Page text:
A Proposed Methodology to Analyze Cold-Formed Steel Trusses Subjected to Blast Loading Using Single-Degree-of-Freedom for Design and Assessment

Date
2022
Authors
Rolater, Gregory
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Abstract

The following thesis proposes a methodology for analyzing Cold-Formed Steel (CFS) trusses subjected to blast loading using a non-linear Single-Degree-of-Freedom (SDOF) approach. SDOF has proven to be an effective structural dynamic analysis tool for the design of common components such structural steel, reinforced concrete, and even CFS studs in flexure. Unlike typical components, the behavior of CFS trusses when loaded beyond their peak capacity is not well understood, but data sets from small experimental samples demonstrate that CFS trusses are capable of providing residual capacity even after buckling occurs. Based on this key observation, the scope of this thesis intends to leverage existing data to develop a simplified methodology for blast analysis using SDOF. Within this scope, Finite Element (FE) modeling assumptions and techniques are developed and validated against available experimental data for analysis using LS-DYNA. Advanced topics, such as buckling and imperfections, are considered when modeling techniques are developed; however, these topics are worthy of independent research efforts that are not included in the scope of this thesis. Quasi-static strength simulations are then performed on designed trusses in order to better characterize the extent of residual capacity after buckling. The data from strength simulations, along with principles of advanced structural analysis, are then leveraged to develop parameters for SDOF modeling. Finally, FE models and SDOF models are subjected to identical blast scenarios and the results are compared side-by-side. The resistance functions resulting from the proposed SDOF methodology compare favorably to the quasi-static simulation results performed in LS-DYNA. Similarly, the blast analysis results using the proposed SDOF models compare very well to the blast simulations performed in LS-DYNA. However, due to the limited amount of data produced within the scope of this thesis, it can be concluded that the results are encouraging, but only a framework for further development has been established. The conclusion section highlights several areas for improvement that were identified for additional research to ensure the methodology is better vetted. Also, design considerations and general guidance that are based on the findings from the work performed and backed by engineering principles are summarized as recommendations in the conclusions as well.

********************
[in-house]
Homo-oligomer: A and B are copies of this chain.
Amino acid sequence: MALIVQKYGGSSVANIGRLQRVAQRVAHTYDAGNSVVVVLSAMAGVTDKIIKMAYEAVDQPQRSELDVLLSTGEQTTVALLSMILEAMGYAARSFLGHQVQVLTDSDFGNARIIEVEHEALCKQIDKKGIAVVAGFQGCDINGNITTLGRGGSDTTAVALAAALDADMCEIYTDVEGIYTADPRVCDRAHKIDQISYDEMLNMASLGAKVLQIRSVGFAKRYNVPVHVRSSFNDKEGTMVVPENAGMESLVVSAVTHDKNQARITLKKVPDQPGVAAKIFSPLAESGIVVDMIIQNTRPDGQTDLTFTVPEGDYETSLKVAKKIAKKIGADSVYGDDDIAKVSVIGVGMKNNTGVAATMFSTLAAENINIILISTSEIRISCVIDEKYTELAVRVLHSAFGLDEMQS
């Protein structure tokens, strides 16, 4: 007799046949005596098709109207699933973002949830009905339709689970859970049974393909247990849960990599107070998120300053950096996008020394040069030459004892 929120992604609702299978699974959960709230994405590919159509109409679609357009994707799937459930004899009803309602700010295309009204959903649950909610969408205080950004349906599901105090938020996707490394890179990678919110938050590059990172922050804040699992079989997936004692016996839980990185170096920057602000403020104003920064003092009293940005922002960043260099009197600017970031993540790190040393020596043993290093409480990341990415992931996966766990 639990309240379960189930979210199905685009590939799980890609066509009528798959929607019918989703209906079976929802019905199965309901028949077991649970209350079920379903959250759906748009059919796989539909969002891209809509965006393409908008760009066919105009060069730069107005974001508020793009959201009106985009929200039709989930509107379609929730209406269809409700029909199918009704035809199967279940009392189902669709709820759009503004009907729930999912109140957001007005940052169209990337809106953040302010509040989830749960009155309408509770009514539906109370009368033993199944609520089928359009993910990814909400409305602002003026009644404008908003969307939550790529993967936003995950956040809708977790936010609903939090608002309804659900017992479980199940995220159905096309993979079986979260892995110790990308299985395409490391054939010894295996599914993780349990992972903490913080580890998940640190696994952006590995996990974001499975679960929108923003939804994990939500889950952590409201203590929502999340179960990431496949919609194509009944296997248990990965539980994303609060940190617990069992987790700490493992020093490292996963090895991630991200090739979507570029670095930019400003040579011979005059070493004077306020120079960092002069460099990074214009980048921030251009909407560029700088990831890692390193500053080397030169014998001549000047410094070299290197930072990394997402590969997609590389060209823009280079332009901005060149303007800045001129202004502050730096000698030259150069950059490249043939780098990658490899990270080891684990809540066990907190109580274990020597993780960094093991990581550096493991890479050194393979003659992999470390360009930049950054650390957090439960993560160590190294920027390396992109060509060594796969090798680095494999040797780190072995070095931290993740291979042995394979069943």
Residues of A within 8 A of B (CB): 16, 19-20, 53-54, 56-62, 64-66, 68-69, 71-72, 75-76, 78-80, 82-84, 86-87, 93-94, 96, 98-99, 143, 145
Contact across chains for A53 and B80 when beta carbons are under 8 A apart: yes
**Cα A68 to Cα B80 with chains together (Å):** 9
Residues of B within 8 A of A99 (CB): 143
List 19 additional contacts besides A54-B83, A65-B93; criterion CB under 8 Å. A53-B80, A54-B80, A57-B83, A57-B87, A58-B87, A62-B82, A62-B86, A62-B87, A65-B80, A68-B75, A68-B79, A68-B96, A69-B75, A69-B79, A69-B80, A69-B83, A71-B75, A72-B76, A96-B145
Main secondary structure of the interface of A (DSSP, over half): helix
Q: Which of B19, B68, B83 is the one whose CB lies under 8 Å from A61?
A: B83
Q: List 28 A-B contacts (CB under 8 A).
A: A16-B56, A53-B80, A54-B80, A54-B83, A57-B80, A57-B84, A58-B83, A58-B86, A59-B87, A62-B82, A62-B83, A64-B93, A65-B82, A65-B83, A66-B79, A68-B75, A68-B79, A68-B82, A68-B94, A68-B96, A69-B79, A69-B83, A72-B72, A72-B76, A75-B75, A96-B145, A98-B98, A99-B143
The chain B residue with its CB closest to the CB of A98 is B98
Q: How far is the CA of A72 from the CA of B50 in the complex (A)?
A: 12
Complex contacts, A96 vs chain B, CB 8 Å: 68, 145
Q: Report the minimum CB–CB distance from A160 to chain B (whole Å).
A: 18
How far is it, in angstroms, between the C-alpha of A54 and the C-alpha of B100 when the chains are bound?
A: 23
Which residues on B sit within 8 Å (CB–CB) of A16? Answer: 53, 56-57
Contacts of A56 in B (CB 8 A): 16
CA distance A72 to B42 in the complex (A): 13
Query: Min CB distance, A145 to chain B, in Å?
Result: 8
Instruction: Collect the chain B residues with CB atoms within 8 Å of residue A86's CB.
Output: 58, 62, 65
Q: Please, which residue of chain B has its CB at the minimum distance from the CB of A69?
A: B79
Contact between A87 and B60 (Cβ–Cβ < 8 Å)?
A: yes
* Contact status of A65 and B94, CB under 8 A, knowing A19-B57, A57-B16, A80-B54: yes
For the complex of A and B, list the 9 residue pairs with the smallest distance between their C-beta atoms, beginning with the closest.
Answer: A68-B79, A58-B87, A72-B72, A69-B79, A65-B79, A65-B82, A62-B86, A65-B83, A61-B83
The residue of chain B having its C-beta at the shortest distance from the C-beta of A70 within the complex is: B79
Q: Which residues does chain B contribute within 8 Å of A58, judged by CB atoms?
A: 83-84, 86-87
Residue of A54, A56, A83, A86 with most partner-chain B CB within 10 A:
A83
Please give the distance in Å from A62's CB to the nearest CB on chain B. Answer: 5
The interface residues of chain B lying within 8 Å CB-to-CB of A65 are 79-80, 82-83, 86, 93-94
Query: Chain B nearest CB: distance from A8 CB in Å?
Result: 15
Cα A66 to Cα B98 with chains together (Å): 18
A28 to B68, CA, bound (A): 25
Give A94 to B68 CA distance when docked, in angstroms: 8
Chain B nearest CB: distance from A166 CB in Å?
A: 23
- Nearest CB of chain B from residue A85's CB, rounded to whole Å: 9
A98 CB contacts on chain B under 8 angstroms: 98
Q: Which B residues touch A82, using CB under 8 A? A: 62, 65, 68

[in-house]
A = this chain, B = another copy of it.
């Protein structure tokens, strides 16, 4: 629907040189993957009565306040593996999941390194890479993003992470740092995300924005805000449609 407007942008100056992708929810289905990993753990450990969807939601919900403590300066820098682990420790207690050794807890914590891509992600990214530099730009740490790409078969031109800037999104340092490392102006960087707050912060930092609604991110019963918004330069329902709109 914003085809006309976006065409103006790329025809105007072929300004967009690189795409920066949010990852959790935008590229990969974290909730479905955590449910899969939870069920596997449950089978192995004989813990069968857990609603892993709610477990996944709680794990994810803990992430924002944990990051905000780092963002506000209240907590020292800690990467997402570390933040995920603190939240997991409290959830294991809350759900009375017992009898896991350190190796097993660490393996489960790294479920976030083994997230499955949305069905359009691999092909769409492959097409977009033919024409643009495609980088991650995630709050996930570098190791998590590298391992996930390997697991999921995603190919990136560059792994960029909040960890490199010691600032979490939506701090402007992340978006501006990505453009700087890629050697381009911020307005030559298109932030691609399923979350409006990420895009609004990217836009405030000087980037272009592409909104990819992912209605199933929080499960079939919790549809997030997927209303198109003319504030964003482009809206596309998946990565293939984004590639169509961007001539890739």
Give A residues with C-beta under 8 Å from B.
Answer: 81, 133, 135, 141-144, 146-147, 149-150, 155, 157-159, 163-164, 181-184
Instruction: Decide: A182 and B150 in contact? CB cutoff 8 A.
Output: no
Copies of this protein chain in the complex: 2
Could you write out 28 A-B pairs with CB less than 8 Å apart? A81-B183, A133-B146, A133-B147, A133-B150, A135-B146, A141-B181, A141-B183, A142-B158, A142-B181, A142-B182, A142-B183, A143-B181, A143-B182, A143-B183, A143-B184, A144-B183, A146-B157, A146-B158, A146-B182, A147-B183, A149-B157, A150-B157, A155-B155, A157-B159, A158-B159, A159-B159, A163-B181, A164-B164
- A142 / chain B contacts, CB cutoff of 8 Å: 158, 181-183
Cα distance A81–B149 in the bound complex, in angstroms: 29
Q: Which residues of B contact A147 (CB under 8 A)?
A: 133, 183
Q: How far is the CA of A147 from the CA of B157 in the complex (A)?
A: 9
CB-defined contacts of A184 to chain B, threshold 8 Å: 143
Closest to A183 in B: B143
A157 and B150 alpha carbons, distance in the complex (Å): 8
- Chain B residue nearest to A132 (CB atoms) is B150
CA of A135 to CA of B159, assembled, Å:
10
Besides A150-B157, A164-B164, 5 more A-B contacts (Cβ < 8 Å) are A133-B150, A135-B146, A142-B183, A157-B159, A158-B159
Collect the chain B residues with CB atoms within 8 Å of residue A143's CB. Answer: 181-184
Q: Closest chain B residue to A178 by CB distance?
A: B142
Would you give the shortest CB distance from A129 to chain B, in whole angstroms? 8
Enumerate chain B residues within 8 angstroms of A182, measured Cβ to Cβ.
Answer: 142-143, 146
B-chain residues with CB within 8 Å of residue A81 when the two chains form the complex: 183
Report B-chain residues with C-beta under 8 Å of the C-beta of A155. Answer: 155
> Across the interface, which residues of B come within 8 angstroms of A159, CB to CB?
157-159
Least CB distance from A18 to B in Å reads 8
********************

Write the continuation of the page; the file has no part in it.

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This item is available only to currently enrolled UTSA students, faculty or staff.
Keywords
Blast Analysis, Blast Design, Cold-Formed Steel Truss, Nonlinear Structural Analysis, Single-Degree-of-Freedom, Structural Dynamics
Citation
Department
Civil and Environmental Engineering